St. Jude Stories: How Volunteer Coordinator Rosemarie Tabasco Gets Her Family Involved
The prospect of volunteering can be intimidating, and trying to convince someone else to help out can be even more daunting. But despite the seemingly insurmountable challenge of getting everyone out of bed and to an event on a Saturday, volunteer coordinator Rosemarie Tabasco has had everyone from her husband to her grandkids involved in the annual St. Jude Walk/Run Philadelphia, a 5K event during Childhood Cancer Awareness Month that raises funds and awareness for St. Jude Children’s Research Hospital. Here, she shares her experience and insight with getting family and friends excited about volunteering.
Building Real Relationships
Tabasco first got involved with St. Jude because of her mother, a long-time monthly donor to the hospital, which provides free treatment to children with some of the most aggressive forms of cancer and other life-threatening diseases. Out of appreciation for her mother’s commitment, a St. Jude representative began visiting her, and before long, a friendship blossomed.
“She really became a part of our family after a while. My mom really loved her,” says Tabasco. The experience inspired Tabasco to become the volunteer coordinator for St. Jude Walk/Run. Because of that relationship, she understands how important personal relationships are when getting people to volunteer and keep coming back.
“Personal engagement and the relationships you form are important,” says Tabasco. “I am part of a dynamic team that works closely together and supports each other at St. Jude Walk/Run. Each of us have an important role to play for the success of the event. The day of the event is always a great day for us because we’re all there for the same reason—to support the kids at St. Jude.”
Showing Them It’s for a Great Cause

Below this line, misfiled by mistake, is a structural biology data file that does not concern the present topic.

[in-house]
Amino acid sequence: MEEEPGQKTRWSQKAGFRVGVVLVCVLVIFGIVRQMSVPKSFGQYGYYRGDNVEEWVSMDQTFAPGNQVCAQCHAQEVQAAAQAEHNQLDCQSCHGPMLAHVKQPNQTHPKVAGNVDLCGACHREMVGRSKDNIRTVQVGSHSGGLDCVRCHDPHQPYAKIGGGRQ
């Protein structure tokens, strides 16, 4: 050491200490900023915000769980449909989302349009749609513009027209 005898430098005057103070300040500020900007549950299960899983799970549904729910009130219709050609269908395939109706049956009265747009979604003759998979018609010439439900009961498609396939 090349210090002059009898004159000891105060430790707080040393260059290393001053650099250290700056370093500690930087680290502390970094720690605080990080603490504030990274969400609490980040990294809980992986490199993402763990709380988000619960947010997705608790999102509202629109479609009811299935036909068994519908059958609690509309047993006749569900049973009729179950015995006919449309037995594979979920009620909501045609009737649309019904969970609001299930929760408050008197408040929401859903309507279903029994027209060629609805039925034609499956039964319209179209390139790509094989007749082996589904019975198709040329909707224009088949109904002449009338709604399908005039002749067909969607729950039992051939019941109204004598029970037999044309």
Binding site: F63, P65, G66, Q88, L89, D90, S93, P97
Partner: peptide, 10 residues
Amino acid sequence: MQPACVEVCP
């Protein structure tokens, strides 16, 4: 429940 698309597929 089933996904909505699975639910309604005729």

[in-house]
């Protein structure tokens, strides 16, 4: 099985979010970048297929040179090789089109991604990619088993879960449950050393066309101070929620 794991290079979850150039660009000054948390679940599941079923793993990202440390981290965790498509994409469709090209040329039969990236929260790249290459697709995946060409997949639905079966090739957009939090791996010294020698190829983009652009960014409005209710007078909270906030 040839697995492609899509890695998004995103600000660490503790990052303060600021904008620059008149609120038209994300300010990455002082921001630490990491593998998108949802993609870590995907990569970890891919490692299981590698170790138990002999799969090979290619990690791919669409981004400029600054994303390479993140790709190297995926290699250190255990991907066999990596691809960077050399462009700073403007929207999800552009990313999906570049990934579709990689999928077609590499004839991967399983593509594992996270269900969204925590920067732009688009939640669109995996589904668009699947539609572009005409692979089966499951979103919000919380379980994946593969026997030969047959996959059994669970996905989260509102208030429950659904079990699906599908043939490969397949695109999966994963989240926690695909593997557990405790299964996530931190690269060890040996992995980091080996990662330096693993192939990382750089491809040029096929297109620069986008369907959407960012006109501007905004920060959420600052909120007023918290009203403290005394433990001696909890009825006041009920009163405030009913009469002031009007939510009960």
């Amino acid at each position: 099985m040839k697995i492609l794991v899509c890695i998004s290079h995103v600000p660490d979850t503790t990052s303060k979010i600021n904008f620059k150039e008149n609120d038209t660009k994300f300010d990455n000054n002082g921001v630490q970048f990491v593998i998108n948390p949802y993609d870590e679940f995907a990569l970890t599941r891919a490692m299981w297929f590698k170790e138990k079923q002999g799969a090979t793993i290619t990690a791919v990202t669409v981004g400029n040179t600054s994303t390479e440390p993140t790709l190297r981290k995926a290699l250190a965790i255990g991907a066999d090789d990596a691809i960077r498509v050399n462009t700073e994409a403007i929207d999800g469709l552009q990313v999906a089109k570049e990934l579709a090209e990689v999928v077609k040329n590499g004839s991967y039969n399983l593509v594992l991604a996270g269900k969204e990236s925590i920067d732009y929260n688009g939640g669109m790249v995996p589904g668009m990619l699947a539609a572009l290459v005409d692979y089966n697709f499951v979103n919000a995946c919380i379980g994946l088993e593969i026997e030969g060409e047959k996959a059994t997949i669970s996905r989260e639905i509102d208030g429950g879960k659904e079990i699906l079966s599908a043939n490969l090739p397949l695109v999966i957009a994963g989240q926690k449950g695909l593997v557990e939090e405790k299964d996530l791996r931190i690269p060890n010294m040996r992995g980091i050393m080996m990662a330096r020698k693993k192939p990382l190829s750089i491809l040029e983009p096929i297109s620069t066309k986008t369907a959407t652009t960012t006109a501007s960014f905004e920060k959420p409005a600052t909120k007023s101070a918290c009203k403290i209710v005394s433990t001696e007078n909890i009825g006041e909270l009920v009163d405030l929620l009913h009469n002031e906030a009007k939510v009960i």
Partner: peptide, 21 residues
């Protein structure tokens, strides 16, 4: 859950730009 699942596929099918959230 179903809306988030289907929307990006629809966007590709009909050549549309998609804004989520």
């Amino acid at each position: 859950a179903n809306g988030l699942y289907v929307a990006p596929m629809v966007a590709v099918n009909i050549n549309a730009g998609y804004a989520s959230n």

Tabasco says volunteers are inspired to help because the work of St. Jude Hospital can be deeply moving to people. For example, after her mother passed away, Tabasco was cleaning out her mother’s house when she found a photo album with hundreds of pictures of St. Jude patients that she was sent over the years, after each donation. “In her mind, she felt she was helping all these children through her donation,” says Tabasco. “I always get people to support St. Jude because of the fact that patients never receive a bill for treatment, transportation, housing or food.”
People want to feel that their efforts are meaningful, so you should show them how their work directly impacts the greater good. When promoting your event, include stories of people in need who have received aid, and encourage potential volunteers to go online or in person to check out the charity’s good work. St. Jude patient families often attend the event, which drives home the importance of the work done by volunteers and participants.
“It’s a place that’s taking care of children who are sick,” says Tabasco. “That brings the family together—you’re thankful for all the children who’ve been saved and you’re thankful that the children are happy at the event. You’re just thankful that it exists, and that you’re able to support it.”
Playing to their Strengths
Once Tabasco had agreed to take on the position of volunteer coordinator for the newly created St. Jude Walk/Run, she needed to find people to staff the event. So, she turned to her family and friends. But instead of simply asking them to set out chairs or supervise, she found positions that would best engage each of them.
“In honor of my mom, my brother sponsored the event for a few years. My son is a great photographer, and we were looking for a photographer to take candid shots. He still takes the photos we put online,” says Tabasco. “My daughter and my daughter-in-law provide help with registration, while my husband helps with handiwork for the event.”
By keeping in mind their interests, Tabasco finds roles for people that play to their strengths, which both creates a better event and excites volunteers.
Making the Event Enjoyable for Everyone
Tabasco tries to make St. Jude Walk/Run a fun day for everyone involved, including the volunteers. Fun activities like face painting are offered throughout the day, and volunteer groups are encouraged to dress up, which delights young attendees.
“Last year we had Heroes Alliance and Disney princesses come, and they took pictures with the kids,” says Tabasco. A great venue also adds to the fun.
“We host the event at the Philadelphia Zoo, and once the event is over, volunteers and participants are welcome to stay at the zoo the whole day if they choose,” says Tabasco. The bottom-line—If you find ways to make the event sound appealing and convenient to volunteers, they’re much more likely to show up and keep coming back.
Ready to volunteer in the next St. Jude Walk/Run? To find out how you can help, click here.This is a paid partnership between St. Jude Children’s Research Hospital and Philadelphia Magazine's City/Studio